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4 Tax Law Changes to Watch in 2022

4 Tax Law Changes to Watch in 2022

John-Rothans

Written by John Rothans

Dec 31, 2021

Every year, the IRS makes changes that could affect your tax return. The year 2022 is no different.

In November 2021, the IRS announced several updates for the 2022 tax year—and these will affect the federal tax return you file in 2023. Generally, the most recent tax changes were made to account for inflation.

Tax law changes are typically viewed as a good thing because they “can help to prevent the phenomenon known as ‘bracket creep,’ where inflation pushes a taxpayer into a higher tax bracket,” NerdWallet notes.

Here’s a rundown of four critical changes in tax law that will take effect in 2022 and how they might affect your retirement savings.

1. Changes to Standard Deductions

Most taxpayers claim the standard deduction on their federal tax returns. That deduction amount is going from:

  • $25,100 for 2021 to $25,900 for 2022 for married couples filing jointly.
  • $12,550 for 2021 to $12,950 for 2022 for single filers and married people who file separately.
  • $18,800 for 2021 to $19,400 for 2022 for heads of household.

Effect on retirement savings: The increase in the standard deduction may allow you to put away more money for the future.

2. Increases in 401(k) Contribution Limits

If you’re under 50, you’ll be allowed to contribute as much as $20,500 to a 401(k) for the 2022 tax year, up from $19,500 in 2021. If you’re 50 or older, the contribution limit for 2022 will be $27,000, up from $26,000 in 2021.

Effect on retirement savings: Raising the 401(k) contribution limit gives you a greater opportunity to put more tax-deferred dollars toward your golden years.

3. Increases in IRA Limits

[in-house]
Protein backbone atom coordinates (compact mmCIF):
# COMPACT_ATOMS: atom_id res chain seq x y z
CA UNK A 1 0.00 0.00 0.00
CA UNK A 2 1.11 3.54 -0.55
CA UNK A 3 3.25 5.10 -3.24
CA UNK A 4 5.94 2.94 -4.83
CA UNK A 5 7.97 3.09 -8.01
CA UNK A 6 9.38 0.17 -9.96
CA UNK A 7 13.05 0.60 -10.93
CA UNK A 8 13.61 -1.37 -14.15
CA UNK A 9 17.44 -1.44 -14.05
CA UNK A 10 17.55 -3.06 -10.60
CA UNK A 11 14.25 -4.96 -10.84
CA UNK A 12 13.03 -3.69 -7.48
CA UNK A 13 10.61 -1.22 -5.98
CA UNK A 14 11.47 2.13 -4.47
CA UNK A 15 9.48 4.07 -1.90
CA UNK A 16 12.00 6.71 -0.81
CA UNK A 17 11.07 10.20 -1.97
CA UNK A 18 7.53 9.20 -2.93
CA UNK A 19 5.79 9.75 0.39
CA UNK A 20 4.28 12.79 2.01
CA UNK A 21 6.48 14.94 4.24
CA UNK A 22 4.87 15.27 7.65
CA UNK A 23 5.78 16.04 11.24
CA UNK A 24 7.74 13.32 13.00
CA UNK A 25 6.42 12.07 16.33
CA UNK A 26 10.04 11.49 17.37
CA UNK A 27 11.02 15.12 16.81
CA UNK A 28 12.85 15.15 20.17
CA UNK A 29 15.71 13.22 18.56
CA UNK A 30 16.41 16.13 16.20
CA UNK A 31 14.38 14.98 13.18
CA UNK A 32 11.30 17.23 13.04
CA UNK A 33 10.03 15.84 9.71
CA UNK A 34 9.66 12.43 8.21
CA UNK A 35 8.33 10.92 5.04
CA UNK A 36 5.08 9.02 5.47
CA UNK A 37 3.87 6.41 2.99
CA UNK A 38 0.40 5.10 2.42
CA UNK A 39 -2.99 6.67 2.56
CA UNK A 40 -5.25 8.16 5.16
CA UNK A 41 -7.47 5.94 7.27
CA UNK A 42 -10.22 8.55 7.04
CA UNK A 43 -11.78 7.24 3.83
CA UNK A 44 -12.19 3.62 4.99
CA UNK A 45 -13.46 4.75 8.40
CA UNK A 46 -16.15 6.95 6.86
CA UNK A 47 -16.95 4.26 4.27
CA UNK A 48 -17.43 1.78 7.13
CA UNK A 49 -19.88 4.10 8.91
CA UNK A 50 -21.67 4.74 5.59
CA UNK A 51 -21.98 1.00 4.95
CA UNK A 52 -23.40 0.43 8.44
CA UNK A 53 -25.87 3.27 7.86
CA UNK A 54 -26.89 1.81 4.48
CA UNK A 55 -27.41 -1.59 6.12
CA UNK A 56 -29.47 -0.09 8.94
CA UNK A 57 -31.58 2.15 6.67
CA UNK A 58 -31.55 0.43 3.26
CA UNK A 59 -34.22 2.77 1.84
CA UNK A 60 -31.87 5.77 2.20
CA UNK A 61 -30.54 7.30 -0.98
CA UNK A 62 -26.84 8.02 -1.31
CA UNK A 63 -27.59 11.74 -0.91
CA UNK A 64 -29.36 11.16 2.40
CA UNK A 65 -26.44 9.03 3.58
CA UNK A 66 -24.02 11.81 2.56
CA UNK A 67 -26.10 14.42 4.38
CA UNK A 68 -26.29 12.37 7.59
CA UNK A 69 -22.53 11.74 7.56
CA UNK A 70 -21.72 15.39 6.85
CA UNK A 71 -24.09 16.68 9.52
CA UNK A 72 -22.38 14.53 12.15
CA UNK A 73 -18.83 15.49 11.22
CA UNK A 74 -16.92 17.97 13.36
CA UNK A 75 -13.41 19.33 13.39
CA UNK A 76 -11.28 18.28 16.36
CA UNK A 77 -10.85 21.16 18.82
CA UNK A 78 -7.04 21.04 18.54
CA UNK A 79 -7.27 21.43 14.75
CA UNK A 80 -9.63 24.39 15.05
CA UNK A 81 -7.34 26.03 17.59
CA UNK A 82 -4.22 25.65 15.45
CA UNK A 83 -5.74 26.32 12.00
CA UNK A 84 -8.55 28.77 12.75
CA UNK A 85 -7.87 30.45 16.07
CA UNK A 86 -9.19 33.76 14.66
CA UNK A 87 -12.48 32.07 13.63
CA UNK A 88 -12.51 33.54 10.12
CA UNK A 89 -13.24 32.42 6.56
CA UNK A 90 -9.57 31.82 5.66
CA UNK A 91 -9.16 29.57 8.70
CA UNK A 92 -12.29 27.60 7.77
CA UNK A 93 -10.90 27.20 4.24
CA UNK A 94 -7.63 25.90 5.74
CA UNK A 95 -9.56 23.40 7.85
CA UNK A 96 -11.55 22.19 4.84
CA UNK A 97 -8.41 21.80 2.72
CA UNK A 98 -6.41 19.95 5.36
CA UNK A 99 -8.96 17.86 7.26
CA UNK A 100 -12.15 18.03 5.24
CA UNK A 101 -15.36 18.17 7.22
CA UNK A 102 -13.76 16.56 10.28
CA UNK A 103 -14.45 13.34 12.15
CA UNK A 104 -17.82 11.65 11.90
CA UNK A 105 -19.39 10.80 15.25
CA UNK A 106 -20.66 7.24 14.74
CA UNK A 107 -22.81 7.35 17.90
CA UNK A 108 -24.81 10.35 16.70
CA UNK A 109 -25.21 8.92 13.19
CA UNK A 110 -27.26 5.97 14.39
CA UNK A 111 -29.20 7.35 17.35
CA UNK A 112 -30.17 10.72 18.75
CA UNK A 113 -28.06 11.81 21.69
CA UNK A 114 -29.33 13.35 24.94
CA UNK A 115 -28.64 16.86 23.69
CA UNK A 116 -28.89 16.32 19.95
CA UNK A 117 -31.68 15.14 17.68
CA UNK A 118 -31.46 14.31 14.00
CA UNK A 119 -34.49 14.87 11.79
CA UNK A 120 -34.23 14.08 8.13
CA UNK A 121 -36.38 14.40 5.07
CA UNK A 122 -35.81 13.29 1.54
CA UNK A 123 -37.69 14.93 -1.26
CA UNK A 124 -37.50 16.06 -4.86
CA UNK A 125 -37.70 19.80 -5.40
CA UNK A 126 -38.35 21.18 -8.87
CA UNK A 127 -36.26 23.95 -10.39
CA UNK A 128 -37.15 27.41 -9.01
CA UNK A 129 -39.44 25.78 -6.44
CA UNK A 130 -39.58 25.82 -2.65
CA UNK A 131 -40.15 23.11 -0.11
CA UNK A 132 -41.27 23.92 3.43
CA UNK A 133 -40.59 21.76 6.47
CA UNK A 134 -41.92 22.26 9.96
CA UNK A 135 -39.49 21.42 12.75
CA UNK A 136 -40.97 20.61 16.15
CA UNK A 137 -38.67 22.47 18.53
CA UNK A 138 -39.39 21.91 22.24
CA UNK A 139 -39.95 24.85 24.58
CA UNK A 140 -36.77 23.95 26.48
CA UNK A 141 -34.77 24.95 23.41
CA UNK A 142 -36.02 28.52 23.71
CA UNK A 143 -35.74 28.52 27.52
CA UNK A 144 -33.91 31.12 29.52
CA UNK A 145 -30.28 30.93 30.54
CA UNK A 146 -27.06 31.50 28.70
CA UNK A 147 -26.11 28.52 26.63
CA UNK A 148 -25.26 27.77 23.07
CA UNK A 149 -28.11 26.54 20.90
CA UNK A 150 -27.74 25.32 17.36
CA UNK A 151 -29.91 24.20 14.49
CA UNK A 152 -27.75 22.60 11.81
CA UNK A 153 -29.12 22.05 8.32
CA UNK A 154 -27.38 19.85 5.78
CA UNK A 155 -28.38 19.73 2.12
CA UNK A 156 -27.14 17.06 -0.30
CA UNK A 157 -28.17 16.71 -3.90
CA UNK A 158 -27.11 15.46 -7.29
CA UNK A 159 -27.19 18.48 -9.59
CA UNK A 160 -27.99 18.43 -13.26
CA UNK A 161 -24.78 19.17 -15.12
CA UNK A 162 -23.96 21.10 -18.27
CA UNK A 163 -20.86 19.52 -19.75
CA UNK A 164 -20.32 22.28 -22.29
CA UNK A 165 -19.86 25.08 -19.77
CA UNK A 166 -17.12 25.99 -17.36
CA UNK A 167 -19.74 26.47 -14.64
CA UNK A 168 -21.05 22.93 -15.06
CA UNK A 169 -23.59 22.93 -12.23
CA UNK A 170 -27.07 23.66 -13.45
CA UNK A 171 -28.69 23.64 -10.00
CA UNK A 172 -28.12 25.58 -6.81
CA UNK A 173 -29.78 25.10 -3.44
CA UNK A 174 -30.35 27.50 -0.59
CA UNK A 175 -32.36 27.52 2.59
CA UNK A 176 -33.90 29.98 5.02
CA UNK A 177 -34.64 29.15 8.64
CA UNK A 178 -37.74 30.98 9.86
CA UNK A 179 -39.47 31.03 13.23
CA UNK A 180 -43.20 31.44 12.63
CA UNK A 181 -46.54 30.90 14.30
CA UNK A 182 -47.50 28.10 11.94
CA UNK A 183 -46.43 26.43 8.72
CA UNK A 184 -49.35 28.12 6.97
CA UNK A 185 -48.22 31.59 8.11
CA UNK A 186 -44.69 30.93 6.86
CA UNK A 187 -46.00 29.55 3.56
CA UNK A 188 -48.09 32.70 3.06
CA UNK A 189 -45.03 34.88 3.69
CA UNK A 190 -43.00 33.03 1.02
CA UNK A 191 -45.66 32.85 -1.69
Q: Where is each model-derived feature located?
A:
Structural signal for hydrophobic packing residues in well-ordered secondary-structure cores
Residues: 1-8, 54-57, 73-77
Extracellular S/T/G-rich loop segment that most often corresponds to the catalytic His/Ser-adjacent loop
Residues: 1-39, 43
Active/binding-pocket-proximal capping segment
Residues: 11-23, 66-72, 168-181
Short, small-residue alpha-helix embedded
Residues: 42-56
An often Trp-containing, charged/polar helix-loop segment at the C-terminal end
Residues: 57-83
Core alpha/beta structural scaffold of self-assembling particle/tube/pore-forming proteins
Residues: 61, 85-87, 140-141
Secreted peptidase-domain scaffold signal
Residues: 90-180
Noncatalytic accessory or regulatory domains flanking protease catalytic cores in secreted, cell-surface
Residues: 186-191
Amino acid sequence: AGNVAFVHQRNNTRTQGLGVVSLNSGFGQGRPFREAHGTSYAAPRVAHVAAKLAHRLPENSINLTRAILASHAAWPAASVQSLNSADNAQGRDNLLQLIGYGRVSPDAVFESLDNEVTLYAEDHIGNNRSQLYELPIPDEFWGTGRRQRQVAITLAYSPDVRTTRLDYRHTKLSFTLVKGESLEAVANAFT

The maximum amount you can contribute to an IRA remains the same in 2022: $6,000 if you’re under 50 and $7,000 if you’re 50 or older.

However, most income limits for Roth IRAs and deduction limits for traditional IRAs differ for 2022 versus 2021.

In terms of Roth IRAs, income limits have been adjusted. For example, the income limit for Roth IRA contributions in 2021 was under $198,000 for a married couple filing jointly. For 2022, the income limit for jointly filing married couples will be under $204,000.

Meanwhile, deduction limits for traditional IRAs have changed. For example, a married couple filing jointly can claim a full tax deduction up to the amount of their contribution limit if their modified adjusted gross income (AGI) is $109,000 or less in 2022. That’s up from $105,000 or less in 2021.

Effect on retirement savings: These changes in IRA contribution and deduction limits can boost the amount of money in your retirement accounts.

4. Changes in Tax Brackets

The IRS is raising the thresholds for federal tax brackets for income taxes, Investors.com reports. “That means many taxpayers with the same or even slighter higher income in 2022 vs. 2021 will still be in a lower bracket. They’ll be subject to lower tax bills,” Investors.com continues.

For instance, the top rate (37%) will apply to income over $539,900 for individuals and heads of household, $647,850 for married couples filing jointly. The 24% rate will apply to income over $89,075 for individuals and heads of household, $178,150 for married couples filing jointly.

Effect on retirement savings: It depends on whether you fall into a lower or higher federal tax bracket in 2022.

“The adjustments ensure that taxpayers are not taxed merely on inflationary gains in their incomes, but rather on their real income after adjusting for inflation,” says Garrett Watson, a senior policy analyst at the Tax Foundation.

As you plan for taxes this year, consider what you can do to prepare for next year, too. Did you feel prepared this time around? What can you do differently in the future? You may want to diversify further. Request a free Gold IRA Information Kit to learn everything you need to know about protecting your retirement savings with the power of physical gold and silver.

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